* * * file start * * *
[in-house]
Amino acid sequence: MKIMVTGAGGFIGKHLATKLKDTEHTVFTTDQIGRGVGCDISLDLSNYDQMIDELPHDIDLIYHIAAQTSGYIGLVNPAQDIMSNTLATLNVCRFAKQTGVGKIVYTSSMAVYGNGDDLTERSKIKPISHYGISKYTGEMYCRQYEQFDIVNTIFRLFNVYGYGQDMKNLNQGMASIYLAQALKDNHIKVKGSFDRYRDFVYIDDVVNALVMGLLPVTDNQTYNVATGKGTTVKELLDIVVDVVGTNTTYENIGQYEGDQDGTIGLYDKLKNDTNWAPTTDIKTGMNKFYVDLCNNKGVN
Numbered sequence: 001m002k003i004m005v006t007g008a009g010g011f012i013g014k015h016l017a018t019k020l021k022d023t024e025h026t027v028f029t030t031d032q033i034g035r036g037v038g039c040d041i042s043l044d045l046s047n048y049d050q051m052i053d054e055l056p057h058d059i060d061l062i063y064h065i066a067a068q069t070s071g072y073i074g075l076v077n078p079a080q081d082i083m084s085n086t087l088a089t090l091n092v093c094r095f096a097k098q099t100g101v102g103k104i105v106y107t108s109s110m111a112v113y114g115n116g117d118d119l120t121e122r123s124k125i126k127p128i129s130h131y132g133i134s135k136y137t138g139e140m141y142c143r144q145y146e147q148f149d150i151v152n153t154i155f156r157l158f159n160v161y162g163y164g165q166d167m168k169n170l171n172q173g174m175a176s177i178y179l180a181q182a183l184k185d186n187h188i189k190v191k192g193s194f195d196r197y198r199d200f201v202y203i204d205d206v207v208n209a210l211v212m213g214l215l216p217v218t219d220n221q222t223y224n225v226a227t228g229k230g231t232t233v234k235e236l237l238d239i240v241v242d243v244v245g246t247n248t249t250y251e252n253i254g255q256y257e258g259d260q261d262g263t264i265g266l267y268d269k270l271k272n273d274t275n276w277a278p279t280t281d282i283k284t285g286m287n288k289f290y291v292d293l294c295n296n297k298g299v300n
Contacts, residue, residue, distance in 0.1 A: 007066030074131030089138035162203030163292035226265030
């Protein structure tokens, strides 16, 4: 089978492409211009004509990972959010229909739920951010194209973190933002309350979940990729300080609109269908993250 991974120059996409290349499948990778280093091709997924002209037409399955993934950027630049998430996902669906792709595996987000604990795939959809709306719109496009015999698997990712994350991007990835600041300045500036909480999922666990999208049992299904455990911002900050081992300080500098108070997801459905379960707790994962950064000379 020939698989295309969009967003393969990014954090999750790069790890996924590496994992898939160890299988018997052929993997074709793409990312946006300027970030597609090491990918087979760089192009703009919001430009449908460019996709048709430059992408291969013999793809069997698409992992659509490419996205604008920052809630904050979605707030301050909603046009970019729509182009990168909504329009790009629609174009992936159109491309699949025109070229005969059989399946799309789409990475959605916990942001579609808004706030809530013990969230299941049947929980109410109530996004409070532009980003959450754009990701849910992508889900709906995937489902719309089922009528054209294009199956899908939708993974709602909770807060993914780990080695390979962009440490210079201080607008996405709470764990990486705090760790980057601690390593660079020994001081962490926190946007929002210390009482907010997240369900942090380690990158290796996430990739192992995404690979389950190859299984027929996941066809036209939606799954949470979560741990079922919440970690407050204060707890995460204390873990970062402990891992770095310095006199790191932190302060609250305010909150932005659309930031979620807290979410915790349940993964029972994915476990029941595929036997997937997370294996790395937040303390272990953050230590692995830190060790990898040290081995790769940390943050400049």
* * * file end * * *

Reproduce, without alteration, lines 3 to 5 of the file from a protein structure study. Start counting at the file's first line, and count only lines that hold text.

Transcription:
Numbered sequence: 001m002k003i004m005v006t007g008a009g010g011f012i013g014k015h016l017a018t019k020l021k022d023t024e025h026t027v028f029t030t031d032q033i034g035r036g037v038g039c040d041i042s043l044d045l046s047n048y049d050q051m052i053d054e055l056p057h058d059i060d061l062i063y064h065i066a067a068q069t070s071g072y073i074g075l076v077n078p079a080q081d082i083m084s085n086t087l088a089t090l091n092v093c094r095f096a097k098q099t100g101v102g103k104i105v106y107t108s109s110m111a112v113y114g115n116g117d118d119l120t121e122r123s124k125i126k127p128i129s130h131y132g133i134s135k136y137t138g139e140m141y142c143r144q145y146e147q148f149d150i151v152n153t154i155f156r157l158f159n160v161y162g163y164g165q166d167m168k169n170l171n172q173g174m175a176s177i178y179l180a181q182a183l184k185d186n187h188i189k190v191k192g193s194f195d196r197y198r199d200f201v202y203i204d205d206v207v208n209a210l211v212m213g214l215l216p217v218t219d220n221q222t223y224n225v226a227t228g229k230g231t232t233v234k235e236l237l238d239i240v241v242d243v244v245g246t247n248t249t250y251e252n253i254g255q256y257e258g259d260q261d262g263t264i265g266l267y268d269k270l271k272n273d274t275n276w277a278p279t280t281d282i283k284t285g286m287n288k289f290y291v292d293l294c295n296n297k298g299v300n
Contacts, residue, residue, distance in 0.1 A: 007066030074131030089138035162203030163292035226265030
């Protein structure tokens, strides 16, 4: 089978492409211009004509990972959010229909739920951010194209973190933002309350979940990729300080609109269908993250 991974120059996409290349499948990778280093091709997924002209037409399955993934950027630049998430996902669906792709595996987000604990795939959809709306719109496009015999698997990712994350991007990835600041300045500036909480999922666990999208049992299904455990911002900050081992300080500098108070997801459905379960707790994962950064000379 020939698989295309969009967003393969990014954090999750790069790890996924590496994992898939160890299988018997052929993997074709793409990312946006300027970030597609090491990918087979760089192009703009919001430009449908460019996709048709430059992408291969013999793809069997698409992992659509490419996205604008920052809630904050979605707030301050909603046009970019729509182009990168909504329009790009629609174009992936159109491309699949025109070229005969059989399946799309789409990475959605916990942001579609808004706030809530013990969230299941049947929980109410109530996004409070532009980003959450754009990701849910992508889900709906995937489902719309089922009528054209294009199956899908939708993974709602909770807060993914780990080695390979962009440490210079201080607008996405709470764990990486705090760790980057601690390593660079020994001081962490926190946007929002210390009482907010997240369900942090380690990158290796996430990739192992995404690979389950190859299984027929996941066809036209939606799954949470979560741990079922919440970690407050204060707890995460204390873990970062402990891992770095310095006199790191932190302060609250305010909150932005659309930031979620807290979410915790349940993964029972994915476990029941595929036997997937997370294996790395937040303390272990953050230590692995830190060790990898040290081995790769940390943050400049």